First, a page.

The Best Cast-Iron Skillets, According to Chefs

Cast iron pans in pattern on rust-colored background.
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It’s hard to find kitchenware that’s as well-loved as a good cast-iron skillet. Professional chefs and home cooks alike swear by their versatility in the kitchen as a non-toxic surface for searing, baking, roasting and more. From No-Fuss Barbecue Chicken and Easy Skillet Cornbread to the TikTok Famous Apple Skillet Cake, the possibilities with a cast-iron skillet are endless. Plus, the durability of cast iron makes it a worthy investment for years of delicious meals.

But every chef’s approach to cast-iron skillets is a little different.

Portrait of Chef Jimmy Ly
Chef Jimmy Ly / Photo by Ben Hon

“As long as you take care of them, they’ll last you a lifetime,” says Drew Turnipseed, former marketing specialist for Grilla Grills in Holland, Michigan.“Cast iron is kind of like barbecue—everyone has their take.”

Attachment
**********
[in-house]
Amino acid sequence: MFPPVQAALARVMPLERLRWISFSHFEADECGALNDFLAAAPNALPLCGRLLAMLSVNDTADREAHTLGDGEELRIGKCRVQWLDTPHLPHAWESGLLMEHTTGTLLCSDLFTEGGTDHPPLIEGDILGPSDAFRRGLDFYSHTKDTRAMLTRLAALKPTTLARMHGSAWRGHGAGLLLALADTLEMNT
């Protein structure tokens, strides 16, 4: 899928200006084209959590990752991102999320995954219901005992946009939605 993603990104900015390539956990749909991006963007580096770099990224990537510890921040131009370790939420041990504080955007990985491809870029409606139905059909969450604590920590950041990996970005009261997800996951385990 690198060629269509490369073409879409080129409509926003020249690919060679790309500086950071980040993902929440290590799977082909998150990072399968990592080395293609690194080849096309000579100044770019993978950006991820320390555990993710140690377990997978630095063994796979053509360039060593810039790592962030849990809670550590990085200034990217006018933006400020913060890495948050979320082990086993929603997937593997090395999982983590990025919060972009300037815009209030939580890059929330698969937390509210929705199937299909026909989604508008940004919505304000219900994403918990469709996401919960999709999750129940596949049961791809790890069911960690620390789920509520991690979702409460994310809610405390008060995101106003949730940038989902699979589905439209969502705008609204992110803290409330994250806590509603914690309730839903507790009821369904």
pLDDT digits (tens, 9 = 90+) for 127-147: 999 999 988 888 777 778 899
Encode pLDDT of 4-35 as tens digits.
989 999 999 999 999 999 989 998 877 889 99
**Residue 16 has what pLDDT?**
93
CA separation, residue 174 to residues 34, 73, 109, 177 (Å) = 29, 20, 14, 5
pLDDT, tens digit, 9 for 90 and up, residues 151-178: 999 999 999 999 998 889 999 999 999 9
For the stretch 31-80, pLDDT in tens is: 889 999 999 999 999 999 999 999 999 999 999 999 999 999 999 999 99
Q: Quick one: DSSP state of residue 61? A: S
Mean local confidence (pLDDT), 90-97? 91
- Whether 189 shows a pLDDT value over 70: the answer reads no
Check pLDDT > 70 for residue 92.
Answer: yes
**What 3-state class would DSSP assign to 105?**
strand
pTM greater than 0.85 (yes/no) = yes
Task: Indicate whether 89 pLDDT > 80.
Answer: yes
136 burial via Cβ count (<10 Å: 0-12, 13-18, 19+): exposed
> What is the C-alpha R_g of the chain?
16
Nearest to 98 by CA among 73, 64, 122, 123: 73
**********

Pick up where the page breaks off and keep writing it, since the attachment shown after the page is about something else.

Not sure what your take is yet? With the right pan and proper care, you can venture out on a culinary adventure of your own. Here, we break down how to season, clean and choose a cast-iron skillet—plus the best on the market right now.

How to Season a Cast-Iron Skillet

Cast-iron skillets are known for their non-stick surface coatings that, when properly seasoned, can protect your pan from rusting and deliver added depth to every dish. Many cast-iron skillets come pre-seasoned, but Turnipseed recommends seasoning the pan again prior to use.